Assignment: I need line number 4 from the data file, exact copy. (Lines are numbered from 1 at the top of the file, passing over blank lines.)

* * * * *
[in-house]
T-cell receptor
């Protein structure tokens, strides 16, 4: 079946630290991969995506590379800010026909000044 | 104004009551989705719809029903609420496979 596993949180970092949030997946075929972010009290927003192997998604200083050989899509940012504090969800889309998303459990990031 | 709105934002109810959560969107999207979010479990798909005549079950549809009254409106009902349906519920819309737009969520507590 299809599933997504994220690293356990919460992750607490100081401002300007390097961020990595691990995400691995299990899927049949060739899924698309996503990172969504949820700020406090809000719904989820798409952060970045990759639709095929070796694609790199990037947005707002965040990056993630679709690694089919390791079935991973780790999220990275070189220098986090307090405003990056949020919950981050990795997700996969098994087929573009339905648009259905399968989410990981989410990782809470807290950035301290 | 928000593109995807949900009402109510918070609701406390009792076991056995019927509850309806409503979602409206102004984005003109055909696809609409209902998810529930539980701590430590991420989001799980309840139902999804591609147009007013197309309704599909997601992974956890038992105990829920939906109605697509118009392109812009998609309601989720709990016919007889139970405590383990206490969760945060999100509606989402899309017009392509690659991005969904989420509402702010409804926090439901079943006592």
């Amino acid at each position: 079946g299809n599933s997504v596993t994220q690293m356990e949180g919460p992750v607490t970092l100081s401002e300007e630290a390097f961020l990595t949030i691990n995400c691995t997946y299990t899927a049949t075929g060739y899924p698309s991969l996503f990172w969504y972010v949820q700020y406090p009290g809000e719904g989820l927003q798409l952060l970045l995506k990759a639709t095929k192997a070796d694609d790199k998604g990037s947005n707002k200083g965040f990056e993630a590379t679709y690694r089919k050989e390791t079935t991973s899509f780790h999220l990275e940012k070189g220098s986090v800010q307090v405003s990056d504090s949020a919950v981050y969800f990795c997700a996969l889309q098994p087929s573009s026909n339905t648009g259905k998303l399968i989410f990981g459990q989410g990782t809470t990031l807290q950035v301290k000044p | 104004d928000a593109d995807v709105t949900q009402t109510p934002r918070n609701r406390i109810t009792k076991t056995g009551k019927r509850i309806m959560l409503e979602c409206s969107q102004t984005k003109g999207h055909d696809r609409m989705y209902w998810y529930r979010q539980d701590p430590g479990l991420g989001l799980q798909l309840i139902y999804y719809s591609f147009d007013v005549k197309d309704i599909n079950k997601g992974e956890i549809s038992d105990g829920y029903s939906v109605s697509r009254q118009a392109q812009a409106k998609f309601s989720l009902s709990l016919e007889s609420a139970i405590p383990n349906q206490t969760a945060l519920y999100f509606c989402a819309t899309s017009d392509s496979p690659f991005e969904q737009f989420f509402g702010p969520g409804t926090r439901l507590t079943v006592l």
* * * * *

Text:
């Amino acid at each position: 079946g299809n599933s997504v596993t994220q690293m356990e949180g919460p992750v607490t970092l100081s401002e300007e630290a390097f961020l990595t949030i691990n995400c691995t997946y299990t899927a049949t075929g060739y899924p698309s991969l996503f990172w969504y972010v949820q700020y406090p009290g809000e719904g989820l927003q798409l952060l970045l995506k990759a639709t095929k192997a070796d694609d790199k998604g990037s947005n707002k200083g965040f990056e993630a590379t679709y690694r089919k050989e390791t079935t991973s899509f780790h999220l990275e940012k070189g220098s986090v800010q307090v405003s990056d504090s949020a919950v981050y969800f990795c997700a996969l889309q098994p087929s573009s026909n339905t648009g259905k998303l399968i989410f990981g459990q989410g990782t809470t990031l807290q950035v301290k000044p | 104004d928000a593109d995807v709105t949900q009402t109510p934002r918070n609701r406390i109810t009792k076991t056995g009551k019927r509850i309806m959560l409503e979602c409206s969107q102004t984005k003109g999207h055909d696809r609409m989705y209902w998810y529930r979010q539980d701590p430590g479990l991420g989001l799980q798909l309840i139902y999804y719809s591609f147009d007013v005549k197309d309704i599909n079950k997601g992974e956890i549809s038992d105990g829920y029903s939906v109605s697509r009254q118009a392109q812009a409106k998609f309601s989720l009902s709990l016919e007889s609420a139970i405590p383990n349906q206490t969760a945060l519920y999100f509606c989402a819309t899309s017009d392509s496979p690659f991005e969904q737009f989420f509402g702010p969520g409804t926090r439901l507590t079943v006592l």